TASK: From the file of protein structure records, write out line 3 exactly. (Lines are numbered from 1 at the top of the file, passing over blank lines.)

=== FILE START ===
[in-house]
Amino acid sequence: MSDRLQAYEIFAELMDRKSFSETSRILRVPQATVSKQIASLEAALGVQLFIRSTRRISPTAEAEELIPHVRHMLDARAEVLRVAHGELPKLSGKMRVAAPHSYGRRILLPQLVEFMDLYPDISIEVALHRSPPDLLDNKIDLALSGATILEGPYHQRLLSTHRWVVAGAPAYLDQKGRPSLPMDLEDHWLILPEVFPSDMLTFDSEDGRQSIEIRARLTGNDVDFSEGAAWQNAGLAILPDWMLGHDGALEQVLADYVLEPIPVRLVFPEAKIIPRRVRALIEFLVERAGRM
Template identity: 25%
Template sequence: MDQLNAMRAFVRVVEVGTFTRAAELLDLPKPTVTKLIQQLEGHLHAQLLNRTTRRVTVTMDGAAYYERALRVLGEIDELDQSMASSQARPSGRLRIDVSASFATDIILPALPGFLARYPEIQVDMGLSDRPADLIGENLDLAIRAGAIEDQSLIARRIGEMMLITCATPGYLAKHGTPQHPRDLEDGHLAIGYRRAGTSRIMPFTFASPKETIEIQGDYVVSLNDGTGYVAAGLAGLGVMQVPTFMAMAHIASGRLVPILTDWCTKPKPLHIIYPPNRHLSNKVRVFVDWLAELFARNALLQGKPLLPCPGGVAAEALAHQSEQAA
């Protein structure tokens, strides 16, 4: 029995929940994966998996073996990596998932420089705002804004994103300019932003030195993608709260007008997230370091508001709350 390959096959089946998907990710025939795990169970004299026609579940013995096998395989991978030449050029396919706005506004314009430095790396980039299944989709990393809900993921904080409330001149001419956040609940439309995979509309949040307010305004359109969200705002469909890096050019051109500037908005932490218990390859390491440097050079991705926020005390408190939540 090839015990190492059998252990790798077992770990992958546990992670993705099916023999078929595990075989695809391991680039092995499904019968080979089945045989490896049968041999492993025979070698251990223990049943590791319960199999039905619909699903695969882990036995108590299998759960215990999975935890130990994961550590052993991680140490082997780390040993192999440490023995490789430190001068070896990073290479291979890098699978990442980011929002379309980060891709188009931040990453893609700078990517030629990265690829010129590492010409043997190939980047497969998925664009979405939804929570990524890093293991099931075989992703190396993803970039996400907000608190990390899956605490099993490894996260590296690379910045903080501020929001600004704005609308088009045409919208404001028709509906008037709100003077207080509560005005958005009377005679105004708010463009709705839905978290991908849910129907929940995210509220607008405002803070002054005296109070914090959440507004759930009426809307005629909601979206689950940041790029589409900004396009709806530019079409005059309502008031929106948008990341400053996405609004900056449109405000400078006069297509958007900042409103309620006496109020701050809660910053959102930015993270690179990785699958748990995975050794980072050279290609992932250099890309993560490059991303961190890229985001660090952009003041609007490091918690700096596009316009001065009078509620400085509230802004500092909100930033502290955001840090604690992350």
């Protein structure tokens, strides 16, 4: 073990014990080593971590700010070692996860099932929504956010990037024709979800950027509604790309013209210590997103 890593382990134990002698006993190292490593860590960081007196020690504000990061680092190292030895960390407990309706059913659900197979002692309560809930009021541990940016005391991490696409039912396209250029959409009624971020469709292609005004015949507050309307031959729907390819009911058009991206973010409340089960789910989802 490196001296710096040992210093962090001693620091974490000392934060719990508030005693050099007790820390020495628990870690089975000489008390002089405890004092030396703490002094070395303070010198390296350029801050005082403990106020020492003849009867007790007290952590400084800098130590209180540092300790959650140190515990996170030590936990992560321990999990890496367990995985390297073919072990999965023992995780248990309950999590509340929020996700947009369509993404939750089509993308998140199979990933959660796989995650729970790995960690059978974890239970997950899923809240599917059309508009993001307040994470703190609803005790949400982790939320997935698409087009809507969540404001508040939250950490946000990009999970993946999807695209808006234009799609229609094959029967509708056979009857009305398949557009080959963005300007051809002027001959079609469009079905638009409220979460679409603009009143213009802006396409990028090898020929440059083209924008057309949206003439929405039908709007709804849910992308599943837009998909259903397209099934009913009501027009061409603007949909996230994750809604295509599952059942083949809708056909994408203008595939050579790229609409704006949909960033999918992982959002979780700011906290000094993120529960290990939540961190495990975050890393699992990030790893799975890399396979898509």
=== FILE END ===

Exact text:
Template identity: 25%